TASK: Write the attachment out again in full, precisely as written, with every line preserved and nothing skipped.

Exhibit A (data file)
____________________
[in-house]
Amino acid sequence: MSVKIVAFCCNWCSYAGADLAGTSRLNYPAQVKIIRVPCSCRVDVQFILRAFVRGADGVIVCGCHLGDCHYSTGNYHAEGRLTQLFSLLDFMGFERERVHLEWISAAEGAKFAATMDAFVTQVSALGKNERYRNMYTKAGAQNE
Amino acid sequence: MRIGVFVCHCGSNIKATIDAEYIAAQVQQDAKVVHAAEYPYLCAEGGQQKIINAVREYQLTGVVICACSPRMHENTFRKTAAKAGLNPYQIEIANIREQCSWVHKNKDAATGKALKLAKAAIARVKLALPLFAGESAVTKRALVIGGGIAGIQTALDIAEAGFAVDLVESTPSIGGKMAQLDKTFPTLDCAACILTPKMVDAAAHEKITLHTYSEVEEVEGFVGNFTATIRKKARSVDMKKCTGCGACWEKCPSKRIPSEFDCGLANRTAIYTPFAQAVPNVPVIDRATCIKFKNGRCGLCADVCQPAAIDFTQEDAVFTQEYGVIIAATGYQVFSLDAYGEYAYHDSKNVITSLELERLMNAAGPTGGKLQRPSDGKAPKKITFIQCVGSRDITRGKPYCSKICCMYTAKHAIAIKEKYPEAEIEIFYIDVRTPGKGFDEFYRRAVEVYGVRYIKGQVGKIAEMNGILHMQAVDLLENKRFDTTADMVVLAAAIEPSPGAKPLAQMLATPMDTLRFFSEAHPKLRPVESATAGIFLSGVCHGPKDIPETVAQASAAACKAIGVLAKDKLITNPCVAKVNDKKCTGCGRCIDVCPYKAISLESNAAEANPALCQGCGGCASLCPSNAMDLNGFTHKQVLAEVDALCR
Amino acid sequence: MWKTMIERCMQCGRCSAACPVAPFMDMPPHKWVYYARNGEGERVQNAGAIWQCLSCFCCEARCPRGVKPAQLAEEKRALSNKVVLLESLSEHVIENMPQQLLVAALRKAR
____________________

[in-house]
Amino acid sequence: MSVKIVAFCCNWCSYAGADLAGTSRLNYPAQVKIIRVPCSCRVDVQFILRAFVRGADGVIVCGCHLGDCHYSTGNYHAEGRLTQLFSLLDFMGFERERVHLEWISAAEGAKFAATMDAFVTQVSALGKNERYRNMYTKAGAQNE
Amino acid sequence: MRIGVFVCHCGSNIKATIDAEYIAAQVQQDAKVVHAAEYPYLCAEGGQQKIINAVREYQLTGVVICACSPRMHENTFRKTAAKAGLNPYQIEIANIREQCSWVHKNKDAATGKALKLAKAAIARVKLALPLFAGESAVTKRALVIGGGIAGIQTALDIAEAGFAVDLVESTPSIGGKMAQLDKTFPTLDCAACILTPKMVDAAAHEKITLHTYSEVEEVEGFVGNFTATIRKKARSVDMKKCTGCGACWEKCPSKRIPSEFDCGLANRTAIYTPFAQAVPNVPVIDRATCIKFKNGRCGLCADVCQPAAIDFTQEDAVFTQEYGVIIAATGYQVFSLDAYGEYAYHDSKNVITSLELERLMNAAGPTGGKLQRPSDGKAPKKITFIQCVGSRDITRGKPYCSKICCMYTAKHAIAIKEKYPEAEIEIFYIDVRTPGKGFDEFYRRAVEVYGVRYIKGQVGKIAEMNGILHMQAVDLLENKRFDTTADMVVLAAAIEPSPGAKPLAQMLATPMDTLRFFSEAHPKLRPVESATAGIFLSGVCHGPKDIPETVAQASAAACKAIGVLAKDKLITNPCVAKVNDKKCTGCGRCIDVCPYKAISLESNAAEANPALCQGCGGCASLCPSNAMDLNGFTHKQVLAEVDALCR
Amino acid sequence: MWKTMIERCMQCGRCSAACPVAPFMDMPPHKWVYYARNGEGERVQNAGAIWQCLSCFCCEARCPRGVKPAQLAEEKRALSNKVVLLESLSEHVIENMPQQLLVAALRKAR